Writer: Warren Ellis
Pencile: Carlos Pacheco
Inks: Bob Wiacek
Colours: Ariane Lenshoek
Letters: Richard Starkings & Comicraft
Editor: Suzanne Gaffney
Original publication date: June 1996
Explosive change is in the air in Excalibur #98! Kurt Wagner definitely feels that (plus every tiny breeze) as he debuts a brand-new Carlos Pacheco-designed costume that our returning guest, writer, music critic, and Excalibur super-fan Quentin Harrison, describes as Eurotrash swashbuckler chic (*affectionate). In addition to full team coverage of Kurt’s flamboyant fashion, we’ve got more gushing about Pacheco and plenty of praise for an action-packed issue where everyone gets a chance to shine. Plus! The blessing of Papa Chris and Pete Wisdom’s pancake butt.
On That Costume:
“The thing that interests me about this costume is how it distills the objectification of Nightcrawler, where his presumed monstrousness lets you get away with things I’m not sure you’d get away with if he was another type of male character.” -Anna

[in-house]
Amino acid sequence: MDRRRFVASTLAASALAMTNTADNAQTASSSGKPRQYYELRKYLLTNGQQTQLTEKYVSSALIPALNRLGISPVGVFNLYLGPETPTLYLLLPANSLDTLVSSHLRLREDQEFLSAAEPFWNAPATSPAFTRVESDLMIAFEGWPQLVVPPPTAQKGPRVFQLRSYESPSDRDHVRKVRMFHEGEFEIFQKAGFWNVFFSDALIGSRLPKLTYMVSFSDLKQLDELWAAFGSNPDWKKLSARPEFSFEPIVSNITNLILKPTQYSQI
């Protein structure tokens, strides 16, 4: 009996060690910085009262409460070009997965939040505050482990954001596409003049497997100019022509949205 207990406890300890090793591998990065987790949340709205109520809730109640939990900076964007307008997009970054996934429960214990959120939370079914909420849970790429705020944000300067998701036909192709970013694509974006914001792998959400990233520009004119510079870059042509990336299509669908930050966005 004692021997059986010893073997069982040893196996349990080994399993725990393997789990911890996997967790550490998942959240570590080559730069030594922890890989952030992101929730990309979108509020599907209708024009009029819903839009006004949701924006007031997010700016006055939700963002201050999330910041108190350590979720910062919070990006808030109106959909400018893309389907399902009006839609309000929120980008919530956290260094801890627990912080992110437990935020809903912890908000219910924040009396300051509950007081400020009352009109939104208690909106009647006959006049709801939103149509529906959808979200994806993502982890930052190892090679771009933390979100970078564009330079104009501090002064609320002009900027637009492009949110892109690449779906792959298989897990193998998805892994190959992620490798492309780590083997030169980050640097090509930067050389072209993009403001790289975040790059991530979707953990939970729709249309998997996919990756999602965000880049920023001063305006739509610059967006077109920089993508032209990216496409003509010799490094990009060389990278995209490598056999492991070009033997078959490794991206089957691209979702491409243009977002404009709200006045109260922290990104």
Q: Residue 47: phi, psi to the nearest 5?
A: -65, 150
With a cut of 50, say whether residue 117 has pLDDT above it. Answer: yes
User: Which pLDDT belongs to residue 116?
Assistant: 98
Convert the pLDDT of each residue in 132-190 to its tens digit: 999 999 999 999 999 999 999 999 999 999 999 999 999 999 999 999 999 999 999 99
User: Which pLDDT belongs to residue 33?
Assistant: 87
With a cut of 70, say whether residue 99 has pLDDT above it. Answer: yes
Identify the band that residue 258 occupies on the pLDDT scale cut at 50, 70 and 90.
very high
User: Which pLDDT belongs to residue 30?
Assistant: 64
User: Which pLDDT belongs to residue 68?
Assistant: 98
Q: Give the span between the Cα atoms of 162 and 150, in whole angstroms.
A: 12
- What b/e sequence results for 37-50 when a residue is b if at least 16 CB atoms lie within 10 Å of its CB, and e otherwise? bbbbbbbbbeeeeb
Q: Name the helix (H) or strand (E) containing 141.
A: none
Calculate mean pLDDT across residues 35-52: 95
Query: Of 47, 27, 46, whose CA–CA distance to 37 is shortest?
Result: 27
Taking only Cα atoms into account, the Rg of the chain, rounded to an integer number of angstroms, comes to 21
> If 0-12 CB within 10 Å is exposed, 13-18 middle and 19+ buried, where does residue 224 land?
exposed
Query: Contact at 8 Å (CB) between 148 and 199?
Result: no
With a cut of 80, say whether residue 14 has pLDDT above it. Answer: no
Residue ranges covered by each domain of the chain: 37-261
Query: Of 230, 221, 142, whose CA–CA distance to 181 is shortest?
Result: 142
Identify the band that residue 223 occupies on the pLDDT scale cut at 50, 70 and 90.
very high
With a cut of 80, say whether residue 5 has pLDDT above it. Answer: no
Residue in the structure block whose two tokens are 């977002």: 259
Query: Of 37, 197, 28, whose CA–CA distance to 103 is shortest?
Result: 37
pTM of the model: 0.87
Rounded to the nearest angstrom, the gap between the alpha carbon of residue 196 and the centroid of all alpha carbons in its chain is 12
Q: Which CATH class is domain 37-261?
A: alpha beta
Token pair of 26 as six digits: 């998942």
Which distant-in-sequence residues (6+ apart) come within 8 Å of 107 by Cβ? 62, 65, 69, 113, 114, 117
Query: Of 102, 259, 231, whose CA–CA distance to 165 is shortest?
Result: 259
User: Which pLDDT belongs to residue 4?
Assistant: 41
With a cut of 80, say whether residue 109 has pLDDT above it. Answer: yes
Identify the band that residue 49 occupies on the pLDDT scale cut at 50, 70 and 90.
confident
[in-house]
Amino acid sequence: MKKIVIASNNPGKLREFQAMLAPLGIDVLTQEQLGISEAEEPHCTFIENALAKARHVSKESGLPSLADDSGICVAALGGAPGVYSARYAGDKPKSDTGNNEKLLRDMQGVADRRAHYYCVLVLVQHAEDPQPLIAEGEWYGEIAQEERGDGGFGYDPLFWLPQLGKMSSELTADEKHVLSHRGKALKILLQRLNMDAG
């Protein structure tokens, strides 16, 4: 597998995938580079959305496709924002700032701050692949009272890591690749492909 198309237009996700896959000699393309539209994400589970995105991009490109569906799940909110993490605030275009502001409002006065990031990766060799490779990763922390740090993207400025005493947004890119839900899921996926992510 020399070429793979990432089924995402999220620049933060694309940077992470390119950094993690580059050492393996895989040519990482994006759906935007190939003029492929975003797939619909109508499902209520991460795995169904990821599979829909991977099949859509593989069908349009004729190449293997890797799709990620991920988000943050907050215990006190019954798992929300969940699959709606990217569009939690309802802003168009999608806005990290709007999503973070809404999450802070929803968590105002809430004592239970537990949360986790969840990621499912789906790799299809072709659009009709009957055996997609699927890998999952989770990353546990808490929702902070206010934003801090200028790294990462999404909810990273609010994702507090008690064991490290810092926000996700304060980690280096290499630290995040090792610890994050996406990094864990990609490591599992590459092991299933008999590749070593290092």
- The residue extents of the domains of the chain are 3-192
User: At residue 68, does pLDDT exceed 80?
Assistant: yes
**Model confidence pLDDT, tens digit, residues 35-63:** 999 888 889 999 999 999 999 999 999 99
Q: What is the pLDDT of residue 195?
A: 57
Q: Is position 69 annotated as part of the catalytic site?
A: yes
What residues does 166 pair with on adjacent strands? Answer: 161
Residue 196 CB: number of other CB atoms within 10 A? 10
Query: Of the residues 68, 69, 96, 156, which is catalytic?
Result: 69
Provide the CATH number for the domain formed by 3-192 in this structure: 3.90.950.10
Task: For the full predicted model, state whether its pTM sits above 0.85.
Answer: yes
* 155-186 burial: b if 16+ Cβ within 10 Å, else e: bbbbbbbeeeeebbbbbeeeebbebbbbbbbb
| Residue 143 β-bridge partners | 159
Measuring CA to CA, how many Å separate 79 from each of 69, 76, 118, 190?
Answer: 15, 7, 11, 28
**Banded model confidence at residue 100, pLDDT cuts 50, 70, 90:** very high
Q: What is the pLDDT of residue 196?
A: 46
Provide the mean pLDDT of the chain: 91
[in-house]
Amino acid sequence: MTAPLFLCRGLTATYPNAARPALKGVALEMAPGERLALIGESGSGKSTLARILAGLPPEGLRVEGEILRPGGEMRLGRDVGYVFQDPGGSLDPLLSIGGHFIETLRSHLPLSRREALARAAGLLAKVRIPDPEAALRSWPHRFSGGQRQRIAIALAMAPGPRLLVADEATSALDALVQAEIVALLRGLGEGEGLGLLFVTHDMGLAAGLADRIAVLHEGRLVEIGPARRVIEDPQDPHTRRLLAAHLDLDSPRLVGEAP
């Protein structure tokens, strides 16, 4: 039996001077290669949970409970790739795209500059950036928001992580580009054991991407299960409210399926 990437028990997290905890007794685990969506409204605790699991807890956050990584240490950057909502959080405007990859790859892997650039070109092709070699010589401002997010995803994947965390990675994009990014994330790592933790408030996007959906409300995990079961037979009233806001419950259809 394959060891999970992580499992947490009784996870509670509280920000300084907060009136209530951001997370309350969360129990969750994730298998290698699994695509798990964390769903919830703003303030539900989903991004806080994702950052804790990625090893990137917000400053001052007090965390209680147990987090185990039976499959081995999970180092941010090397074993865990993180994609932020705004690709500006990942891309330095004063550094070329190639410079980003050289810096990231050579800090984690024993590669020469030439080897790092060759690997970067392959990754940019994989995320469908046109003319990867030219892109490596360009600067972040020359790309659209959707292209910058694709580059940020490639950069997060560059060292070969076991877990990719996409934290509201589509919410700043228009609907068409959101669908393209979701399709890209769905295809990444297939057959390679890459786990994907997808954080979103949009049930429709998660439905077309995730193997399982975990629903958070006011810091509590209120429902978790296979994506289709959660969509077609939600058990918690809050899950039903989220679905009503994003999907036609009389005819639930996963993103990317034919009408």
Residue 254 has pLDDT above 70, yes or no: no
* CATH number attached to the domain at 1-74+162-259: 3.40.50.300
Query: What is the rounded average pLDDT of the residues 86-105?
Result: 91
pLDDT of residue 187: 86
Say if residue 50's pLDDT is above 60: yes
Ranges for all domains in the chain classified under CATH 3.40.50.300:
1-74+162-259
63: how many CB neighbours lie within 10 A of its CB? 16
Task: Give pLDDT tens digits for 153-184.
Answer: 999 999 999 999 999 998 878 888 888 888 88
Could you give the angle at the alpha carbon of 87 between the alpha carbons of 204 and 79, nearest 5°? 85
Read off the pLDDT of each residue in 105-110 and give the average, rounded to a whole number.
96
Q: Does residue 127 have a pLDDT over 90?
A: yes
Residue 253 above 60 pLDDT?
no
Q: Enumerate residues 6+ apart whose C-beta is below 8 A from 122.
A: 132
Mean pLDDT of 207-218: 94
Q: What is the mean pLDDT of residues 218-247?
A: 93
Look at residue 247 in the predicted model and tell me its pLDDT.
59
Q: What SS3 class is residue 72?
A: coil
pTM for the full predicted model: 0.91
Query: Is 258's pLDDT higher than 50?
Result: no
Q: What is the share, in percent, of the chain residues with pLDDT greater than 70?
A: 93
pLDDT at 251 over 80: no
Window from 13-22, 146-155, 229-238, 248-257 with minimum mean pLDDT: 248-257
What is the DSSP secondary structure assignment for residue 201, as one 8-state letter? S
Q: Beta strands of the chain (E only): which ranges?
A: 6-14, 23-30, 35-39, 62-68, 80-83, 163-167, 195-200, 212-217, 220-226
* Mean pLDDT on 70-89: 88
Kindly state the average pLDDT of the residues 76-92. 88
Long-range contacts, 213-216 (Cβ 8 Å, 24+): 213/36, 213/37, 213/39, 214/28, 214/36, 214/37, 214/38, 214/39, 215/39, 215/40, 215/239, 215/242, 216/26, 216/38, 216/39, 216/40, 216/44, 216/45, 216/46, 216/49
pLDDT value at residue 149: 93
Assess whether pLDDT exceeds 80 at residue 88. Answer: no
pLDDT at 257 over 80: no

“Sometimes you read a comic and the art is great and the script is terrible. Sometimes the script is good but the art is awful. I love that in this book, art and script are in synch.” -Quentin
On the beauty of Nightcrawler:
“When I was reading this comic at eleven years old, I wasn’t thinking about the sexualization of Nightcrawler. But trying to give words to my younger self, I think I did see him as a beautiful man.” -Quentin
“For the first time since Alan Davis left, Excalibur has a position at Marvel where it has an elite level of visual artistry.” -Andrew
“Carlos Pacheco does a lot of storytelling with hands…” -Anna
On role reversals:
“Brian is at the Hellfire Club, using his soft skills and exploiting his sexual appeal, while Meggan is on the strike team, being the team’s ‘bulldozer.’ I liked that role reversal.” -Anna
Want more Quentin Harrison?
Quentin Harrison has dedicated his career to bringing critical discourse to the world of popular music. This includes his Record Redux Series, a 10-book set dedicated to resetting the critical narratives of influential (but often misrepresented) women in popular music, including the Spice Girls, Carly Simon, Donna Summer, Madonna and Kylie Minogue. In addition to his books, he’s been an active contributor to http://Albumism.com, crafting a range of content for the site that includes retrospective tributes, new album reviews, playlists and more. Just as importantly: he is an avid comic book collector and reader with a passion for the comics of both Marvel and DC.
You can find him on Twitter (@TheQHBlend).